Another object of this invention is to provide an improved insulated transformer terminal connector which can be disconnected from a transformer current feedline without necessitating the removal of all of the terminal lugs from the body of the connector.

Still another object of this invention is to provide an insulated transformer terminal connector which is simple and efficient in operation and inexpensive to manufacture.

Briefly, the transformer terminal connector of this invention utilizes a threaded end'of an adaptor which makes it possible to disconnect the connector from the transformer current feedline without disturbing the plurality of distribution cables attached to the connector. This is accomplished by the use of a left-hand thread formed on one end of the adaptor and a righthand thread formed on the other end of the adaptor so that turning the adaptor will cause simultaneous tightening or loosening of the connector from the current feedline depending on the direction in which it is turned. In service, when all of the components are assembled and cables are connected to the terminal connector, a serviceman need only rotate the adaptor in one direction for a prescribed number of turns to disconnect both the terminal connector and the current feedline from the adaptor. When a new transformer is placed in position, it is then connected to the terminal connector by rotating the adaptor in the opposite direction. This function of changing the power transformer connected to the terminal connector can be accomplished with power still applied to the terminal because of the fact that all of the exposed metal conductive components thereof are coated with an insulated material. To insure that the hazards of shock are substantially completely eliminated, a shield portion is formed about the connecting components and includes a hood having a radially outwardly extending portion and an axially extending portion to circumscribe and overlie any adjacent components. This hood portion extends an axial distance greater than the terminating end of the metal components.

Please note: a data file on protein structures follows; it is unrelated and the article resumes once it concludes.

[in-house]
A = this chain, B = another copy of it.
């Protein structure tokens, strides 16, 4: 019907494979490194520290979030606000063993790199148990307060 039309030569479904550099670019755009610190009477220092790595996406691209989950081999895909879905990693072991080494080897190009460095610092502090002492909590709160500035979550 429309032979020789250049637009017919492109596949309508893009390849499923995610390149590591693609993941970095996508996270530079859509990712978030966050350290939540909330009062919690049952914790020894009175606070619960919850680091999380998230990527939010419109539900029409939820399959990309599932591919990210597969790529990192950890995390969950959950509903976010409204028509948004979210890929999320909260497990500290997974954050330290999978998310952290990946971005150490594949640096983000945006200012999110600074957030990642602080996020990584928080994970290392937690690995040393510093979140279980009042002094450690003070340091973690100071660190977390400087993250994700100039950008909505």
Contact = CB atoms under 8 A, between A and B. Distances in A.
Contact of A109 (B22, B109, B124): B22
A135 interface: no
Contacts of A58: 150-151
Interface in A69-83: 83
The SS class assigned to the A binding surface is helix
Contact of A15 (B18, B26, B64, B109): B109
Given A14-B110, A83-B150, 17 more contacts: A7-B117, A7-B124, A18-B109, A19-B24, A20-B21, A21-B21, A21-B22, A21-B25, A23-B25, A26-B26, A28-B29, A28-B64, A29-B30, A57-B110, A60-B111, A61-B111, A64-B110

Many other objects, features and advantages of this invention will be more fully realized and understood from the following detailed description when taken in conjunction with the accompanying drawings wherein like reference numerals throughout the various views of the drawings are intended to designate similar elements or components.

BRIEF DESCRIPTION OF THE DRAWINGS FIG. 1 is a perspective view showing the transformer FIG. 4 is a sectional view taken along line 4-4 of FIG. 3;

FIG. 5 is a sectional view of the threaded adaptor used with the connector of this invention and clearly illustrates the hood portion of the insulated shield to eliminate the possibilities of hazardous shock; and